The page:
How to Plan a Basic SEO Audit: 5 Easy Steps

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A modern SEO project is about so much more than keyword research. As Google’s algorithm continues to develop, webmasters need to remain aware of ever more contributing factors to their search rankings.

Now website owners need to be aware of content quality, design, site maps, usability, mobile-friendliness, keywords, links and technical SEO, and it can seem like an overwhelming task.

A basic SEO audit to launch your SEO will give you intelligence on your own and your competitors’ SEO performance, and ensure you’re covering the basics.

1. Website accessibility and usability

Make sure your website is accessible for search engines and usable for humans. Check your website is indexed, and make sure it’s accessible and user friendly – no page should be more than 3 clicks away from the home page, so aim for a relatively flat website structure. Make sure you’ve not accidentally blocked any pages from the search engines by checking for the ‘robots.txt’ file. Also check that your pages are loading fast enough, as slow navigation can discourage users. Use a tool like Screaming Frog to crawl your site and check for broken links and temporary redirects. Webmaster tools will also flag up these issues. You’ll also want to create an XML site map, which basically works as a ‘map’ for search engines to find and crawl each page. It’s important to keep this up to date and easy to read. You can create a sitemap yourself fairly easily by using XML Sitemap Creator, which you should then register in Google Webmaster Tools.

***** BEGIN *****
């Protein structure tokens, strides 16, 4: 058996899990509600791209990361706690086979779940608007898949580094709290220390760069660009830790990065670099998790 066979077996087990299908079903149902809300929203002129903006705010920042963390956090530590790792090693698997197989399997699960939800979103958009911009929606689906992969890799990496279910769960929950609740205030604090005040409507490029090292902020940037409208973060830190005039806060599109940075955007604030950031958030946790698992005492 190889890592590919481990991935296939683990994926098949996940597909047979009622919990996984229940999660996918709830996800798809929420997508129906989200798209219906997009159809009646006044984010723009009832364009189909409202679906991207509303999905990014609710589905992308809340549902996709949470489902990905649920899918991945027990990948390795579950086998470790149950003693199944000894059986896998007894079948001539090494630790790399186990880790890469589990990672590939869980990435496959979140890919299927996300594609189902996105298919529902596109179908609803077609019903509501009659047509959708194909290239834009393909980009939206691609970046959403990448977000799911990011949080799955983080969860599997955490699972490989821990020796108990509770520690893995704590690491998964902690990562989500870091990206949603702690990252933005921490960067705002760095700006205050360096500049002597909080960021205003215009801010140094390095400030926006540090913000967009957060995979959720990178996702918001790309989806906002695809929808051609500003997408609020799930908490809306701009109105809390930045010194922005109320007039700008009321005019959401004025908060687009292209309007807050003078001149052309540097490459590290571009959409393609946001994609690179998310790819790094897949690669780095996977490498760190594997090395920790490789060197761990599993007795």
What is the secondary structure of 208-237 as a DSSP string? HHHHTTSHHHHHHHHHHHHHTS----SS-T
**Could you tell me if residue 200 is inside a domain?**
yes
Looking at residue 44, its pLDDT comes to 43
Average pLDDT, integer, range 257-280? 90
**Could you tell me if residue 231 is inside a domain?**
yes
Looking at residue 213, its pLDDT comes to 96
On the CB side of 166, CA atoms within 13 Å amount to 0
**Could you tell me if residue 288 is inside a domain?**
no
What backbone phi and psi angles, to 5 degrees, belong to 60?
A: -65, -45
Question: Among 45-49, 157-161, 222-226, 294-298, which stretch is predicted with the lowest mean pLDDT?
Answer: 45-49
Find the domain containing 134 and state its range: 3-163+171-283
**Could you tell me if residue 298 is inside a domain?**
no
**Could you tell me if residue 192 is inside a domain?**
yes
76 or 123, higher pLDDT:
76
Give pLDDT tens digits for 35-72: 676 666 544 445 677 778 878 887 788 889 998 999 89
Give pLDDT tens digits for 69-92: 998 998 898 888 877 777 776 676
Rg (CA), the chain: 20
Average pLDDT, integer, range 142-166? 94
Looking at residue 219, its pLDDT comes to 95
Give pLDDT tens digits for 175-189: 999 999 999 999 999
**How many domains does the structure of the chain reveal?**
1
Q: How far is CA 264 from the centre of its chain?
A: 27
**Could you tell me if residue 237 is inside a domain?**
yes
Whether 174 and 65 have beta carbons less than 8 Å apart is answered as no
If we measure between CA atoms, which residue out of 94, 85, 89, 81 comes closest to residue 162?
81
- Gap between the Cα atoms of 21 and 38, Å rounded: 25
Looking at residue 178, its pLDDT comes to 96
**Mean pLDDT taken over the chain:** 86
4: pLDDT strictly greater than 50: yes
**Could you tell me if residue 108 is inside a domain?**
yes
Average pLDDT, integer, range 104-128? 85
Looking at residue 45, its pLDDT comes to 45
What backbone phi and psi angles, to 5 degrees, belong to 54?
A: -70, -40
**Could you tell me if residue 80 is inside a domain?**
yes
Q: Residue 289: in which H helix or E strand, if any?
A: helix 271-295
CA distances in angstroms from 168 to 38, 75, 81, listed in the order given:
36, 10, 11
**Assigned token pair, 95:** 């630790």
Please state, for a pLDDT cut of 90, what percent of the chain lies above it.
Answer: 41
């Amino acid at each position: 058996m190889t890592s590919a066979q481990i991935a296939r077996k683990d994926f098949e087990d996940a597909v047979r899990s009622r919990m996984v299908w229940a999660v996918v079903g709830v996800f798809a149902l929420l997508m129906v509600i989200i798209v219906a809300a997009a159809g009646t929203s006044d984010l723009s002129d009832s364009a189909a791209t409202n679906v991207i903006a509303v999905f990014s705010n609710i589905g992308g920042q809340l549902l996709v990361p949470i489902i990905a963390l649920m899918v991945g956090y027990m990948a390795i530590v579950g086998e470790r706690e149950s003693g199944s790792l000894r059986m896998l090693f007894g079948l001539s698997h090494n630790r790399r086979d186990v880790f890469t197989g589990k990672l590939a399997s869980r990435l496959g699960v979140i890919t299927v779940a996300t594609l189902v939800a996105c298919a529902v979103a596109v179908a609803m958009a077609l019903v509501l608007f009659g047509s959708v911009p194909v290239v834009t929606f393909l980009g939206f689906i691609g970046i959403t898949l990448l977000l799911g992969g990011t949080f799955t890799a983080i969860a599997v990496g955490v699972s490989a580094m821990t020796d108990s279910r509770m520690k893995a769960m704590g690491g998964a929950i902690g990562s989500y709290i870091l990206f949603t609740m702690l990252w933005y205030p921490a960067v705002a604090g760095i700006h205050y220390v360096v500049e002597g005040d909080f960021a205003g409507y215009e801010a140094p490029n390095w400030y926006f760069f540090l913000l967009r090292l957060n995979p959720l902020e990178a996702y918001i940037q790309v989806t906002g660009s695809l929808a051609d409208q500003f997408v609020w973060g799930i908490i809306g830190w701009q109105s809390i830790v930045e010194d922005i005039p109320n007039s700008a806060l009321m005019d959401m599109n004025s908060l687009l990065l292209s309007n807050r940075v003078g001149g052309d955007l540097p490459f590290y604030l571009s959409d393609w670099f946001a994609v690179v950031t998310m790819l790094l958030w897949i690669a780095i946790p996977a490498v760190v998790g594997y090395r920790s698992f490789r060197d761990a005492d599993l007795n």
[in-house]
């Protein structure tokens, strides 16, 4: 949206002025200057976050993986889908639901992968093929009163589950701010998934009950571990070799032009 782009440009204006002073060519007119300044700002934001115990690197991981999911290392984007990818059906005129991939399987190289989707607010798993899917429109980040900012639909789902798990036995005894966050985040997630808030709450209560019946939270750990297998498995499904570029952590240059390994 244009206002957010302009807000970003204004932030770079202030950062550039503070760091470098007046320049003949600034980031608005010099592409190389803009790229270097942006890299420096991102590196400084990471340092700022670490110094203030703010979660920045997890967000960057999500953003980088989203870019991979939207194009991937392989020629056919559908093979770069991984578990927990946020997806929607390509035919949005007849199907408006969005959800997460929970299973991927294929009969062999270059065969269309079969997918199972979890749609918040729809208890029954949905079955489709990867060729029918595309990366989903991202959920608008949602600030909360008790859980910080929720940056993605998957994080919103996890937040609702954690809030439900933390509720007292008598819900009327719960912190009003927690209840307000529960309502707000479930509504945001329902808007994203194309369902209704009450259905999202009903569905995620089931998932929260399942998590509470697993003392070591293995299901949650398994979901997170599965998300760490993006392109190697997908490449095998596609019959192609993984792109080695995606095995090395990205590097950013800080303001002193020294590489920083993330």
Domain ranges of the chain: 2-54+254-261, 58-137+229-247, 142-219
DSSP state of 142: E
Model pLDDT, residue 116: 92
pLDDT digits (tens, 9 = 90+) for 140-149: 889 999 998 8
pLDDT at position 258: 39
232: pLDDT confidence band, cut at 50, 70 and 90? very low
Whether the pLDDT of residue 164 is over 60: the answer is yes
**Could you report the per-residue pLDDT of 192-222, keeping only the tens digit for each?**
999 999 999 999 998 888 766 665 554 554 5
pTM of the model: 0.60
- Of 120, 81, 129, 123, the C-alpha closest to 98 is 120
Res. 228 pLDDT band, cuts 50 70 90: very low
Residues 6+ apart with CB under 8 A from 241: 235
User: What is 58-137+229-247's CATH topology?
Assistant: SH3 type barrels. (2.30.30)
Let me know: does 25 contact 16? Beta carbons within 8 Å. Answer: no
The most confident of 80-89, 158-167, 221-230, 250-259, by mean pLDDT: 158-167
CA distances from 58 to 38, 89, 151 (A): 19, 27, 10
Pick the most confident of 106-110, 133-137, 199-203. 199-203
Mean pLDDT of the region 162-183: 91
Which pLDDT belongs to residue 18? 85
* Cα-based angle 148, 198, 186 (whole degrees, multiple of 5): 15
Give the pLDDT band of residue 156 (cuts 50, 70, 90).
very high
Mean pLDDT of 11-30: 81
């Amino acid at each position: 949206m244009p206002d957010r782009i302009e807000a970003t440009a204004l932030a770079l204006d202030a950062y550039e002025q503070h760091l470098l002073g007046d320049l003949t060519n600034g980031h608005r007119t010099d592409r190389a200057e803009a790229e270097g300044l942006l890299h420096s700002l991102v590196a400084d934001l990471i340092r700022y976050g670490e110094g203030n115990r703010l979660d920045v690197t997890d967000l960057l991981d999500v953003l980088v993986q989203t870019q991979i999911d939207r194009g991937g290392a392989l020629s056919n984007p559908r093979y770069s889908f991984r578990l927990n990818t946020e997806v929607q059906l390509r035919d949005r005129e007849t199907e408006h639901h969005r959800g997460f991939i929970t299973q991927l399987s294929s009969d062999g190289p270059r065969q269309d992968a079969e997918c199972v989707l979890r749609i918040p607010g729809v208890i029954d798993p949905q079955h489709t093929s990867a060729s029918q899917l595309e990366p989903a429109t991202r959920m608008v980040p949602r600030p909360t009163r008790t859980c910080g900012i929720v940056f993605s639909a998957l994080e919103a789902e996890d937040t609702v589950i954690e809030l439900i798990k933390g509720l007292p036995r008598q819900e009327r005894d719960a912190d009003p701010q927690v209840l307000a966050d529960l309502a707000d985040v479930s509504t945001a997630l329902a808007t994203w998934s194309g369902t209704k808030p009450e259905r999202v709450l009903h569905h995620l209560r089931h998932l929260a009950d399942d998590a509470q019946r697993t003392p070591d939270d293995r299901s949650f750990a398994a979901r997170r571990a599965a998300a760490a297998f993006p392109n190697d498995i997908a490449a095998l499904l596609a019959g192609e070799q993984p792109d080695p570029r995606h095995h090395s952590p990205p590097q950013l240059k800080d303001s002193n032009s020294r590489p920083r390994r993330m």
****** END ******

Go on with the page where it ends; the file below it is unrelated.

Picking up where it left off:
2. On-page content review

It goes without saying that your website copy must be good quality, but it’s also important to ensure you have good keyword placement. You should populate your H1s, H2s, title tags, alt tags, URLs and meta descriptions with your keywords, as well as the general copy (but in a natural way).

The title tag is especially important as it’s the first thing people see when your website comes up in the search results. A well-written keyword rich meta-description is also important as it shows up in search engine results and can impact on whether the searcher decides to click on your site or not.

Optimising your images with keywords (both in the alt tags and the file name) can also boost your website’s optimisation.

Make sure all your URLs are as short and clean as possible – they’re also a great place to put keywords.

You’ll also want to check that every page of your website is optimised for a different keyword phrase – when multiple pages target the same keyword it can confuse the search engine crawlers.

3. Internal links and back links.

Back links are those that come from other websites, and search engines review these and rank your site according to their volume and quality. You should review the quantity and quality of your back links in your SEO audit to help you to inform an on-going link strategy.

Internal links are also important, as by linking related pages together you make it easier for search engines to crawl your site, and for visitors to find other relevant pages.

During your audit you should ensure that your related web pages are linked together, and also review which external sites are linking back to yours. Ideally you’ll want back links from reputable sites such as news sources or relevant companies, with high quality relevant site content.

4. Social media analysis

Social media can be a good indicator of how popular your website is with users; if you’re getting a lot of social media mentions or engagement it’s probably a sign that your website is user friendly. The easiest way to measure this is to check how much of your website traffic comes from social media in Google Analytics > Channels, but you can also measure the success of your social media via retweets, shares, clicks and other engagement metrics.

5. Competitor review

Reviewing your competitors’ website SEO is essential. Insight into their keywords, links and website content can help to inform your own strategy, as you identify what they do well and not-so-well. I use Moz to help me to compare clients’ website links and keywords to those of their competitors. You can also identify your SEO competitors – that is, competitors who rank highly for the keywords you want to rank highly for.

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